The World Bank has warned of the growing risk of a recession in Armenia while saying that the Armenian economy could still grow modestly this year despite the coronavirus pandemic.
“Under the baseline scenario, envisaging the start of a gradual recovery [of economic activity] in mid-summer of 2020, the real GDP growth rate in 2020 is expected to moderate to 1.7 percent,” the bank said in its Europe and Central Asia Economic Update released on Thursday.
“At the same time, a prolonged [coronavirus] outbreak scenario would result in stagnant GDP or even an economic contraction,” it warned. “The probability weight on that happening is rising due to worsening health, economic, and financial outcomes across the world.”
The Armenian economy grew by 7.6 percent last year and continued to expand robustly in the first two months of this year. However, the situation changed dramatically last month as the Armenian government put the country under lockdown to fight against the spread of coronavirus.
The Central Bank of Armenia (CBA) forecast last week a 0.7 percent GDP growth rate for 2020. Economy Minister Tigran Khachatrian agreed with that projection.
The World Bank noted that the pandemic has already shut down the Armenian tourism sector, caused a major drop in international prices of copper, one of the court’s main exports, and will increasingly cut multimillion-dollar remittances from Armenians working abroad and Russia in particular.
“Efforts to contain the spread will dampen demand further,” reads its report. “A dollarized economy and undiversified exports add to the challenges of managing the shock. However, a relatively healthy banking sector, a precautionary [loan] arrangement with the IMF, as well as some fiscal buffers partly mitigate the risks.”
A wide-ranging stimulus package approved by the Armenian government late last month calls for one-off cash payments to a large part of the population, financial assistance to businesses and loan subsidies for farmers. In particular, many creditworthy firms and individual entrepreneurs are due to receive grants worth $500 million ($1 million).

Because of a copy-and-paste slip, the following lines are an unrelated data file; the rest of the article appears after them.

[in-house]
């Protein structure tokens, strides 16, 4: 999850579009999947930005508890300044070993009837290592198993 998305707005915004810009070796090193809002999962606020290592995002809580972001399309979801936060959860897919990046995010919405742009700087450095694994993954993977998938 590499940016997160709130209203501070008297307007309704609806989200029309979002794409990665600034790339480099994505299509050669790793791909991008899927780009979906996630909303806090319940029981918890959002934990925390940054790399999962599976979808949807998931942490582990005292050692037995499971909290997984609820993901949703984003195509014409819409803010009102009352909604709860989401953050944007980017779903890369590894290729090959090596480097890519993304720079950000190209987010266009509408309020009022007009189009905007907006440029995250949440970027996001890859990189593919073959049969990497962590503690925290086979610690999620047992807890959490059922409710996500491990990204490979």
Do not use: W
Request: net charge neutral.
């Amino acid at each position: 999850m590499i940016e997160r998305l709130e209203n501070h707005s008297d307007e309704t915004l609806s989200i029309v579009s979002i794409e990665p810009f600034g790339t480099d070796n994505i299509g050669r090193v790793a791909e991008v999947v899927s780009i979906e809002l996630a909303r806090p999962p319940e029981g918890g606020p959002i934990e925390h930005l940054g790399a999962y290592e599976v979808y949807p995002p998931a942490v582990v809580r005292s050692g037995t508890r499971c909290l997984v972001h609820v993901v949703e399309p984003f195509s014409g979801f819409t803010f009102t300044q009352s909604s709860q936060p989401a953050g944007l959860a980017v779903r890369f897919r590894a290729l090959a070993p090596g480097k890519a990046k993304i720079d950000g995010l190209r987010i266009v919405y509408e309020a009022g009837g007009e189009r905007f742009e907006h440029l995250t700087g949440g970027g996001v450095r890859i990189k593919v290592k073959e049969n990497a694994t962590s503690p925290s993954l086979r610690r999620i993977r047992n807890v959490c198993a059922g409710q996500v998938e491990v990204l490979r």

The government on Thursday decided to extend the cash handouts to the owners of microbusinesses with annual revenue of up to 24 million drams. They will be eligible for up to 136,000 drams in compensation.
“The government has a clear strategy of how to overcome the crisis,” Prime Minister Nikol Pashinian insisted during a cabinet meeting in Yerevan.
The government has already spent 3.7 billion drams on coronavirus relief, he said, adding that the sum makes up less than 10 percent of emergency spending planned by it.
Pashinian went on to praise Armenian banks for honoring their pledge to suspend loan repayments for some 290,000 individual borrowers and 5,300 businesses. He also noted that the Armenian national currency, the dram, has rallied against the U.S. dollar in recent days after losing more than 4 percent of its value in March.
The World Bank report warns that falling remittance inflows from Russia may lead to “stronger depreciation pressures” on the dram in the months ahead.
The bank offered a far more positive outlook for the next few years. “GDP growth is forecast to recover over the medium term, to around 4.5 percent in 2021-22, supported by stabilizing external conditions and catch-up of delayed activities,” it said.
The Ministry of Health reported on Thursday morning that the number of coronavirus cases in Armenia rose by 28 to 921 in the past 24 hours. The latest official figures suggest that the virus, which has killed 10 people so far, continued to spread considerably more slowly than it did in the second half of March.
Pashinian again stated that the government is “cautiously optimistic” about containing the COVID-19 epidemic. He said a government task force will meet on Friday to decide whether to extend or ease the nationwide lockdown imposed on March 24.